Regular mouthwash use is one of the big three dental habits, along with regular brushing and flossing.
A regular mouthwash routine does not act as a substitute for brushing and flossing. However, it can help clean areas that are otherwise hard to reach. Starting a child on the right path to a life of good dental hygiene, so that it becomes second nature, is essential to long term dental health. However, introducing them to mouthwash requires extra vigilance, and that includes knowing when the right time is to start.
The American Dental Association (ADA) recommends waiting until a child is at least six before letting them use mouthwash. Young children are conditioned to swallow liquids, and those under six can find it difficult to get used to swishing and spitting just when using mouthwash. They also may want to spit before the rinse has time to be effective.
Overuse is also a concern. Some fluoridated products are made in flavors designed to appeal to children. However, too much fluoride can lead to fluorosis, which can cause streaking and spotting on teeth that are not fully grown.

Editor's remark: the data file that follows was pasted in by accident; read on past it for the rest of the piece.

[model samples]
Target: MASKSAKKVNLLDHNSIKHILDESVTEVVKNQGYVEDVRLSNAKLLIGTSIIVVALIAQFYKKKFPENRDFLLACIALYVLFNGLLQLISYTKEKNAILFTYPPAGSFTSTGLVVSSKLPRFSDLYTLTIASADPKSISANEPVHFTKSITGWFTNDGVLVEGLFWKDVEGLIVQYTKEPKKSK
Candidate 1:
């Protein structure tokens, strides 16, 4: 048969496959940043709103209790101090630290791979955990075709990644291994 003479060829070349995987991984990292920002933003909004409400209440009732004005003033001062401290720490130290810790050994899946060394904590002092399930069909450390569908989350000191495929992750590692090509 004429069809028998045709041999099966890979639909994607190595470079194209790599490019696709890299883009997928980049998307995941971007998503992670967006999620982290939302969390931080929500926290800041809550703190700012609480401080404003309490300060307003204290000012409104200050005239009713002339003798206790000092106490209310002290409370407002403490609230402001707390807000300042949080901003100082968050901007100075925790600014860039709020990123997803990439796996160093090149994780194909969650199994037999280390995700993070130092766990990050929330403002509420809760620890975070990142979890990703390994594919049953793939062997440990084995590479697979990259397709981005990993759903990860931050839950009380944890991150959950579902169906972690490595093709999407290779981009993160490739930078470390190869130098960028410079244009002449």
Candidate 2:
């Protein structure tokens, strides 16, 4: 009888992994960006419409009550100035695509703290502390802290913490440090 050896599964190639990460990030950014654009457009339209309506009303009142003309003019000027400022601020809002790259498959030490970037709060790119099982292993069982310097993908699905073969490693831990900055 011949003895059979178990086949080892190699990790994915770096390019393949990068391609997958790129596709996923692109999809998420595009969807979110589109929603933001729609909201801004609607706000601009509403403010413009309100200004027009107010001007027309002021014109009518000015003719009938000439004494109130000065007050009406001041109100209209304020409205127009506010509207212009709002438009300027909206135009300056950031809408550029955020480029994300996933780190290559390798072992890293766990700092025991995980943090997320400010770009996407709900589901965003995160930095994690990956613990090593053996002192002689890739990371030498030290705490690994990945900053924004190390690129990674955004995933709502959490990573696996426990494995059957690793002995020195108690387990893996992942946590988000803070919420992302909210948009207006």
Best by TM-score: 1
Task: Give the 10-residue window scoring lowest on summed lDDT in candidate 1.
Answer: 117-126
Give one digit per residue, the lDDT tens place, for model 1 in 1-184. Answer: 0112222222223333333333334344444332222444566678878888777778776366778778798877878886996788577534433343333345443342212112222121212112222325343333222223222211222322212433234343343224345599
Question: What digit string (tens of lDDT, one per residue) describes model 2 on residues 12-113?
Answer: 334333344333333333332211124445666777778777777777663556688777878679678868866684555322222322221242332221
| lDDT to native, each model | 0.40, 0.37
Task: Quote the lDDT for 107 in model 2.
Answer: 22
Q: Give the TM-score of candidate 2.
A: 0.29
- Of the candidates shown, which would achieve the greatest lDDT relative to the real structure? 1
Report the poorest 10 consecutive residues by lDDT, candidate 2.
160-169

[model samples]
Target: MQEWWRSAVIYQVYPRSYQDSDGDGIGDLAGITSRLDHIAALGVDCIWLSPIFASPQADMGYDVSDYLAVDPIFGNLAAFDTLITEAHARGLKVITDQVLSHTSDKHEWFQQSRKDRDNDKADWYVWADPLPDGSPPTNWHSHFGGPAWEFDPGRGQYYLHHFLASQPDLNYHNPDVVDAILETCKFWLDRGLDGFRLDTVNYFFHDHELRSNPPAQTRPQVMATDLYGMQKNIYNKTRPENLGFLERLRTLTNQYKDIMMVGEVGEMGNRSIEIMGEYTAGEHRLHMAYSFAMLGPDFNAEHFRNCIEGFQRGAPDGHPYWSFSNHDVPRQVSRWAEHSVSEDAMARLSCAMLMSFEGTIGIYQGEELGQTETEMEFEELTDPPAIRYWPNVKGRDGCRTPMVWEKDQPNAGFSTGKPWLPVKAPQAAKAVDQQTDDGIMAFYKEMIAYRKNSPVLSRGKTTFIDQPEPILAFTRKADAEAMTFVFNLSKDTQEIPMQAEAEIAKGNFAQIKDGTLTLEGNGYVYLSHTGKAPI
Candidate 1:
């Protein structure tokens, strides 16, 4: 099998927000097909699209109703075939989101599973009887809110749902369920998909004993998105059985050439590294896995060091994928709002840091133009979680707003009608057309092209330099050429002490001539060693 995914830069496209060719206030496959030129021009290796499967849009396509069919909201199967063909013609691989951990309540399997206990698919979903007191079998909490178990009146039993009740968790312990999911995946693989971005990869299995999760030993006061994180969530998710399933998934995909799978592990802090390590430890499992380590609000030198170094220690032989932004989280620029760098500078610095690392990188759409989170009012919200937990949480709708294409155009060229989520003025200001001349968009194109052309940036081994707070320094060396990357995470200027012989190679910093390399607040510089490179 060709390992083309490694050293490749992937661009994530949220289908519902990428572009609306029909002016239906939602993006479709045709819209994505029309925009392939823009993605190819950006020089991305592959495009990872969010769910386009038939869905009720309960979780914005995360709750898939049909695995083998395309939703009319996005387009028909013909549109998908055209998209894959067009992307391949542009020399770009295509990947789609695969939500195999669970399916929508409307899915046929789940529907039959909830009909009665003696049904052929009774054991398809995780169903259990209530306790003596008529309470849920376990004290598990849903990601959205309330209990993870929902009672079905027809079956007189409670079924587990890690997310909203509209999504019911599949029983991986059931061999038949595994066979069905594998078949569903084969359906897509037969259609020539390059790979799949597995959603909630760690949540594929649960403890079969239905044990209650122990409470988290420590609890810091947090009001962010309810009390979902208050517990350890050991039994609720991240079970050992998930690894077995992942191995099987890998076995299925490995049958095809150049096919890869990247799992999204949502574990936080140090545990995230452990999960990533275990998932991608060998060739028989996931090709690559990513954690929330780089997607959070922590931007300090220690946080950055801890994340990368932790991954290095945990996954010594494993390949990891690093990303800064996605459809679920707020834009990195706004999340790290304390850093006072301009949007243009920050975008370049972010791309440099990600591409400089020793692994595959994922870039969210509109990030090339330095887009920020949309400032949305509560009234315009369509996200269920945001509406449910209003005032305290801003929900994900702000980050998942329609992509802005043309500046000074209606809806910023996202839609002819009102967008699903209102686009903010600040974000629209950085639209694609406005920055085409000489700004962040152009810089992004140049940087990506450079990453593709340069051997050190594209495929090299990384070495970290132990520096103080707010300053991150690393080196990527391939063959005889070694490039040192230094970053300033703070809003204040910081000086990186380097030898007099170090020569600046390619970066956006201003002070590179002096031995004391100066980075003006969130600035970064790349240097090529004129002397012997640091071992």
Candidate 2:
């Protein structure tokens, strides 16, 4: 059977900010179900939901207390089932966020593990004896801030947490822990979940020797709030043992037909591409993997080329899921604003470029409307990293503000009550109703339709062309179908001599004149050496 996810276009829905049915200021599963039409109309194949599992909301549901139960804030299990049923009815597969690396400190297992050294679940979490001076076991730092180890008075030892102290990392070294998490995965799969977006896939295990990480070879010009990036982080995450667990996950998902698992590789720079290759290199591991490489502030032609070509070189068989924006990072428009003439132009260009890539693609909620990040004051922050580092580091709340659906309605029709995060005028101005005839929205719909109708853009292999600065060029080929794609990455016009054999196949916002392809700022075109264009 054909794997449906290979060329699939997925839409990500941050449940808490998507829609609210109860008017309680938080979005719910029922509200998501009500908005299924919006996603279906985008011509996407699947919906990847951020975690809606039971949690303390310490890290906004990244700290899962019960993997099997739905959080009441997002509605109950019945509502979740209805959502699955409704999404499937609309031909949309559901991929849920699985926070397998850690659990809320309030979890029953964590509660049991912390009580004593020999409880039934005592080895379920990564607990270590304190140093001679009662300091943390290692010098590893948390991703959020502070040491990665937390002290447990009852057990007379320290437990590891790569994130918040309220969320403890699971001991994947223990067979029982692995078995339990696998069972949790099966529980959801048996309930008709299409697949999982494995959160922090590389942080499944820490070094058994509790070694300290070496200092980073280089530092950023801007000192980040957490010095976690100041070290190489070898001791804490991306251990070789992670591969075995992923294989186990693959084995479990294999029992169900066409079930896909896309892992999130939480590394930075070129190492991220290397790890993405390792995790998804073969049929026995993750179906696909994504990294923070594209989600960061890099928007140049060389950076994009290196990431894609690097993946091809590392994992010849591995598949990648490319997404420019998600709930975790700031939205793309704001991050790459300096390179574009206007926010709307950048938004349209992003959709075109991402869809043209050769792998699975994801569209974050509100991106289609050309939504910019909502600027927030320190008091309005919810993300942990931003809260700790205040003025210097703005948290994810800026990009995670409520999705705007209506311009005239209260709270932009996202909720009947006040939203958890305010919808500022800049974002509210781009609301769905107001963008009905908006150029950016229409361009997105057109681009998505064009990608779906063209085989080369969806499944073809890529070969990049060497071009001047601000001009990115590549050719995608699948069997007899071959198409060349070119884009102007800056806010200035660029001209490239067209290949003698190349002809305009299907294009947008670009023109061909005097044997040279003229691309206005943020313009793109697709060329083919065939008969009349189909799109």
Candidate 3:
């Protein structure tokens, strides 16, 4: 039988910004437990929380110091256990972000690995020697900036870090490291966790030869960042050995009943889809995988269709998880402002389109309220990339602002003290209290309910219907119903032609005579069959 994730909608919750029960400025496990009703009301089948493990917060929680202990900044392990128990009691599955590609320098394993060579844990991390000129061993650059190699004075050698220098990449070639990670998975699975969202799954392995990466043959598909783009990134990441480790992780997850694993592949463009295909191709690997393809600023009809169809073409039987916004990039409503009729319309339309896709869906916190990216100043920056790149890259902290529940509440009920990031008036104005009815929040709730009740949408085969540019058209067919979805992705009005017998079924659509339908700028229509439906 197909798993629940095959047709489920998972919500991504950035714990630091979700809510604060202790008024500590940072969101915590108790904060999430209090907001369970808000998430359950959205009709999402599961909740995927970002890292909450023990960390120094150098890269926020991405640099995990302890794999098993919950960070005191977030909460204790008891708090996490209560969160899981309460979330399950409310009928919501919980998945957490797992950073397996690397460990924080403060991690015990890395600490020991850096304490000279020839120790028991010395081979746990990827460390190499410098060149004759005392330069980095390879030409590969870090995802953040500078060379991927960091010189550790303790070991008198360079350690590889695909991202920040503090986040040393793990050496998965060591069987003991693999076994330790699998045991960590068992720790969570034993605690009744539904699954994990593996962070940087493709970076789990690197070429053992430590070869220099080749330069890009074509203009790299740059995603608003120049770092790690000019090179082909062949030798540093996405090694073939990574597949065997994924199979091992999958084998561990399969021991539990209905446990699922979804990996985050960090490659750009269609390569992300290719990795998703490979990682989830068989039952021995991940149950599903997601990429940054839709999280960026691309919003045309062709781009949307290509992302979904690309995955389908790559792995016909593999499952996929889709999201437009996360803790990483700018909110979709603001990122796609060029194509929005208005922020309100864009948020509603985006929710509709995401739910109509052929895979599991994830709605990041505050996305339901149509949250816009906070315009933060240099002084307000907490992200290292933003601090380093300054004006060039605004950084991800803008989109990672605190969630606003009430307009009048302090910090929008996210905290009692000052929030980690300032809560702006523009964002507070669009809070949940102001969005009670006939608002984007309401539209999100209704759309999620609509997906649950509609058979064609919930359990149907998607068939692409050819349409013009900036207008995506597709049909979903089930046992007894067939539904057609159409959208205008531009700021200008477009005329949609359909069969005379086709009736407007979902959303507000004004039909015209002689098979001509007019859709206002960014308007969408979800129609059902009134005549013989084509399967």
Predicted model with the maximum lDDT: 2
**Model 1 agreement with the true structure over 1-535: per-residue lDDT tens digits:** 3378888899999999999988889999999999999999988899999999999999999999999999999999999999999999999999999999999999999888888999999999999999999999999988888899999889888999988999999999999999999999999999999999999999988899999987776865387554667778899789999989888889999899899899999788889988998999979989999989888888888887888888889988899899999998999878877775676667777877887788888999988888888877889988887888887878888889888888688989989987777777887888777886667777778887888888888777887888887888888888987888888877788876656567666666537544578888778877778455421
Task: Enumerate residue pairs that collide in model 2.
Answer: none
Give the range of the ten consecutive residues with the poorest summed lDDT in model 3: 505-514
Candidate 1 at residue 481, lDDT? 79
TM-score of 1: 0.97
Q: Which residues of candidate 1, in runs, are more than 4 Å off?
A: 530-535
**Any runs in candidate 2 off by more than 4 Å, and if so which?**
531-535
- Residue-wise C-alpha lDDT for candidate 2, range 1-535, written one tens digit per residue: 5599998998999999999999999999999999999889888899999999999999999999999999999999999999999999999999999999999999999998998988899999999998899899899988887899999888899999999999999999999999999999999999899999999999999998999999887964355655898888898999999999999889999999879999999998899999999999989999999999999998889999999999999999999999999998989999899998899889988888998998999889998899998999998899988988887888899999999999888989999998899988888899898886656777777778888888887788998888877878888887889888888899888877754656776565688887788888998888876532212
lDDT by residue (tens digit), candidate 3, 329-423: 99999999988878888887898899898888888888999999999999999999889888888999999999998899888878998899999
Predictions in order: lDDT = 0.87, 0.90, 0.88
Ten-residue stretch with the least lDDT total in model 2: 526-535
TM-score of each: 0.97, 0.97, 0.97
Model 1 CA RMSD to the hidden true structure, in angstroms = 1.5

If your child is six or older, and you are not sure if they are ready to use mouthwash, check with your dentist. If she recommends starting a mouthwash routine, ask about products that are accepted by the ADA. When shopping, check labels to see if a product is purely cosmetic (temporarily eliminating bad breath), or if it has therapeutic properties, such as preventing tooth decay and gingivitis.
Just as you monitor your child’s hygiene habits, work with them to make sure they use a rinse correctly. If you think your child may be ready to start a mouthwash routine, please contact us.